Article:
Energy efficiency markets are driven by legislation. This is why a strong energy efficiency directive supported by a robust governance mechanism are key to delivering the multiple benefits of energy efficiency, argue Monica Frassoni and Harry Verhaar.
Monica Frassoni is president of the European Alliance to Save Energy (EU-ASE) and Harry Verhaar is head of global public and government affairs at Philips Lighting.
The Paris Agreement, championed by the European Union, sets the long-term direction we have to take: keeping global warming well below two degrees or in other words moving towards a carbon-neutral society in the early to mid-21st century. This will require the transformation of our economy thanks to low-carbon technologies. In this transition, business will be key. We are committed to a low-carbon economy. It makes economic sense and we deeply believe businesses should play a positive role in shaping a better world for future generations.
As businesses, we need a clear long-term framework at European level to catalyse investments. This is why the governance of the Energy Union matters. We need predictability and confidence. It is not rocket science: we need know that the EU is serious about its climate commitments and that, as a result, the market for energy efficient technologies will steadily grow in Europe. Consequently, we should also be clear about how to ensure that all member states comply. After all, the overall ‘spirit’ that the Clean Energy for All Europeans package radiates is that moving forward with the required ambition level will bring a wide range of benefits for all EU member states.
There is no time for ambiguity. In the Clean Energy package, the Commission indicates that Europe’s energy sector needs to attract €379 billion of investment each year between 2020 and 2030 to reach the 2030 targets. This means almost tripling the current investment level of €130bn per year. To help bridge this gap, the Energy Union governance framework needs to:
- Ensure that national targets add up to EU targets;
- Clear any doubt about the delivery of these targets;
- Provide clarity about national policies post-2020;
- Deliver efficiency first.
The lack of national targets creates uncertainties about the potential of national markets. Energy Union governance usefuly provides some – if limited – clarity by setting out what happens if member states’ pledges do not add up to the EU target. National binding targets are the ideal solution, but in their absence the Commission made the right move in proposing a binding energy efficiency target. It is the prerequisite for the targets to have any credibility at all, as the governance to support their delivery depends on it.
Moreover, the Commission needs to have a clear mandate to ask the least ambitious member states to raise their contributions. Other mechanisms can be imagined but there should be no doubt about the Commission’s willingness to make it work.
Similarly, there should be no doubt about the member states delivering their national plans. The climate and energy plans need to be monitored and any deviation from the national trajectories corrected as soon as possible by the member states if the plans are to be more than words on paper.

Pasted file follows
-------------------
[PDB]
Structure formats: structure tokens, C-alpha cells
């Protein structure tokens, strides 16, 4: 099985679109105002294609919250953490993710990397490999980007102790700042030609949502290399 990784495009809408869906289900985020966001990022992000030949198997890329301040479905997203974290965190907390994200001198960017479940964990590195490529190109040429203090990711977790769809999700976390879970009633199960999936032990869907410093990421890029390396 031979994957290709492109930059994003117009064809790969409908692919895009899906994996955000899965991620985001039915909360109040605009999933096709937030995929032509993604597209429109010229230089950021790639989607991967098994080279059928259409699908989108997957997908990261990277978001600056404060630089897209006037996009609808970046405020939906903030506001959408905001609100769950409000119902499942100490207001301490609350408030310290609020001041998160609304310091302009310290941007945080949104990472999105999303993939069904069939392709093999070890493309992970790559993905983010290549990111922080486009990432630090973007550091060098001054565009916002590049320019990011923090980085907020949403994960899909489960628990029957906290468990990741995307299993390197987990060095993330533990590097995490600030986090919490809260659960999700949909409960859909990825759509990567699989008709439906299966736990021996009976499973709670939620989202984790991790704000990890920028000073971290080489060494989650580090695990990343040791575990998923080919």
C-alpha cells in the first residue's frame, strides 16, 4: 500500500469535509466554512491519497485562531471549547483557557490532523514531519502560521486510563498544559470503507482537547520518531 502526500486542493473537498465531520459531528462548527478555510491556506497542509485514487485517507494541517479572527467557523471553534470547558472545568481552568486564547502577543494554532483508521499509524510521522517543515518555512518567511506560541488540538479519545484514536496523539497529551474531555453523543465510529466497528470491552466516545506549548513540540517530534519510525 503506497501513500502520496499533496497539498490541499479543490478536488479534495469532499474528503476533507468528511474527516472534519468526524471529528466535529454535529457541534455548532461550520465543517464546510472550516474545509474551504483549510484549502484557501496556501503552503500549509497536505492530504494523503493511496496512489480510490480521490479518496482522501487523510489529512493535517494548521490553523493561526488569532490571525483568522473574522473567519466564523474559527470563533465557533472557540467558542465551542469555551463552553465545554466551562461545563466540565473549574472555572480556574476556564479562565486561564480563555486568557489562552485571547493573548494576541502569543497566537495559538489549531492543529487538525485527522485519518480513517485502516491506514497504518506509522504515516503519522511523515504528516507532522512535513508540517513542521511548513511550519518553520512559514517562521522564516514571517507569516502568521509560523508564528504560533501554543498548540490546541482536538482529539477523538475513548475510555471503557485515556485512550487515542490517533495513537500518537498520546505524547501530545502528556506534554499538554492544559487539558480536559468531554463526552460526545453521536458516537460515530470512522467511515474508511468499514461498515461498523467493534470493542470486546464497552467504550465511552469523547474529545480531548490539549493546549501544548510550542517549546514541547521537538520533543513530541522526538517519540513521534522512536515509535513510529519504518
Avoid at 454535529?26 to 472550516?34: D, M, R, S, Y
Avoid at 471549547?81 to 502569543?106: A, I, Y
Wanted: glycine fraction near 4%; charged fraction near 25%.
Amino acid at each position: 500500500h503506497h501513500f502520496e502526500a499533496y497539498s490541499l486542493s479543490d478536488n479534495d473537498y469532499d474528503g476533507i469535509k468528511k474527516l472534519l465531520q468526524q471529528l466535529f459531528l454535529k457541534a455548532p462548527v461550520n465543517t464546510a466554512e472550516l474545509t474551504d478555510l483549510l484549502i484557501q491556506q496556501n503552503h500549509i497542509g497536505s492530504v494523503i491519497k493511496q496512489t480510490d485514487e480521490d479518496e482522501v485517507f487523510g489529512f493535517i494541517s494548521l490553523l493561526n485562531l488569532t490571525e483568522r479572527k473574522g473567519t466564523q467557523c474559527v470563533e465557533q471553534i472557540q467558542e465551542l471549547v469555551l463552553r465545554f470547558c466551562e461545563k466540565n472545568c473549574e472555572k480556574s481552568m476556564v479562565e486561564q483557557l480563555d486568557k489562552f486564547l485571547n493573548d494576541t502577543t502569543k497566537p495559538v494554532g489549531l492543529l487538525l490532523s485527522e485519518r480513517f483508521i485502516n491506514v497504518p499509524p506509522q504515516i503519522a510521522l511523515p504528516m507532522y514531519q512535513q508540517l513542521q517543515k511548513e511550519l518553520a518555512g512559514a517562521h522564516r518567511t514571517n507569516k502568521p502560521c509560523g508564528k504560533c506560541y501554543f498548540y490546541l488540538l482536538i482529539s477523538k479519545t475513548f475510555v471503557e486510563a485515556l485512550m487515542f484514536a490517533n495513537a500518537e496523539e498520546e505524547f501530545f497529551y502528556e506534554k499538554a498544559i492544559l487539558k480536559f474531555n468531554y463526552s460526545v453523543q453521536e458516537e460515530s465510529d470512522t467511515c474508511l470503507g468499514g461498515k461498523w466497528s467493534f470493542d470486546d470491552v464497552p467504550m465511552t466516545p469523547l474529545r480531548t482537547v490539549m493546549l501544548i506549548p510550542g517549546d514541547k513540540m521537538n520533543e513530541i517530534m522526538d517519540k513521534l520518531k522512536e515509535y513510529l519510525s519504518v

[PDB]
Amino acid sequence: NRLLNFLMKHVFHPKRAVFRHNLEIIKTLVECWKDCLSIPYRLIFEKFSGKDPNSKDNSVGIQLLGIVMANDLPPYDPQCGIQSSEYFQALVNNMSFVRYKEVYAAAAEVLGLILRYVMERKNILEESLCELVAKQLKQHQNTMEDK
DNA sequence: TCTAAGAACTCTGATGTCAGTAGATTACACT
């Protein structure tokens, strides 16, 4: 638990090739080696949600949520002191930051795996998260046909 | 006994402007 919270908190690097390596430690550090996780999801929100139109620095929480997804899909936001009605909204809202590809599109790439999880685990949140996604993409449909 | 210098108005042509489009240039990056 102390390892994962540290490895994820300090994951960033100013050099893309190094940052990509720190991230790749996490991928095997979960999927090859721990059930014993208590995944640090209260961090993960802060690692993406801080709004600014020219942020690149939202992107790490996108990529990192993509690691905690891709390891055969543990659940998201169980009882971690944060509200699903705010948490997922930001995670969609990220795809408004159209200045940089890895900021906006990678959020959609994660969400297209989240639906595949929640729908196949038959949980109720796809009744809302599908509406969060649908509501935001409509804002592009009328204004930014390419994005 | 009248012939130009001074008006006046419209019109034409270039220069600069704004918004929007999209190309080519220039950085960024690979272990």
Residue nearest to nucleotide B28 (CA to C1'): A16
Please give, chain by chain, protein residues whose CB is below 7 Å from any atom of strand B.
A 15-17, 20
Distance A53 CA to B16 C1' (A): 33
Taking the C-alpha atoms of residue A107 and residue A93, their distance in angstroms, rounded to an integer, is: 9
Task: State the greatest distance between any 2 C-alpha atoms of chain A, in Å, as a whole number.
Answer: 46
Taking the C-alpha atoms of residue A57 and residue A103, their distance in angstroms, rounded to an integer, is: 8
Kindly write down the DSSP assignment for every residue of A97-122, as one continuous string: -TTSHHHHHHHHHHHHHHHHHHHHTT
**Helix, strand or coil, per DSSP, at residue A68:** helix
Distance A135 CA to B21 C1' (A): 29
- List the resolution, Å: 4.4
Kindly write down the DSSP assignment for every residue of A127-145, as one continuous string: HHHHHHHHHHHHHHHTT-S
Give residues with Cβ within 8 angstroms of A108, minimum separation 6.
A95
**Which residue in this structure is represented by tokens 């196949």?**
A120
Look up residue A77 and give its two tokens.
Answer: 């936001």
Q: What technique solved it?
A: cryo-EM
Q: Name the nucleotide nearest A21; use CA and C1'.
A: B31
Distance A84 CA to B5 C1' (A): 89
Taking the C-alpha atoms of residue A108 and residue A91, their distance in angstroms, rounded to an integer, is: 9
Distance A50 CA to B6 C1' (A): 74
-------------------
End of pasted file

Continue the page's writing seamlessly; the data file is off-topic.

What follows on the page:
A timely delivery on the policy objectives will have an immediate positive impact on investment decisions and encourage ambitious long-term strategies.
With regard to current policies and measures, we take a cautiously optimistic approach: they proved to work but badly need to be strengthened. Despite the economic growth that happened over the past almost thirty years, we consume as much energy as we did in 1990. We succeeded to a large extent in decoupling growth from energy consumption. So we are doing well – but we could be doing better. Closing the existing loopholes will boost Europe’s competitiveness and make us more resilient to energy price fluctuations.
We want to see these policies continued, reinforced and, critically, steadily implemented over time as more energy efficiency can be achieved by accelerating the renovation of infrastructure, in particular buildings, and this will create between 1 and 1.5 million local jobs. Regulatory changes and backtracking on agreed objectives can have disastrous market consequences, as the renewable industry has experienced in some cases in the recent past.
Finally, the Commission needs to deliver on its promise to put efficiency first. Demand-side management and energy efficiency should compete on an equal footing with supply-side alternatives. It makes sense to compare all options and chose the best one, yet this is currently not always the case. Energy efficiency and demand-side management are suffering from policy-makers’ bias towards building new pipelines or additional capacity, while this might not always be the most cost-effective choice.
It starts by treating energy efficiency as an infrastructure, comparing it with alternatives (e.g. adding more power capacity) and taking the best investment decisions to avoid ending up with stranded assets. It continues with empowering local actors by lifting accounting, legal and financial barriers that hinder the delivery of the ambitious Sustainable Energy and Climate Action Plans. It ends with holding member states accountable for how they integrate efficiency in their plans and requiring the Commission to map out what efficiency first means at EU level.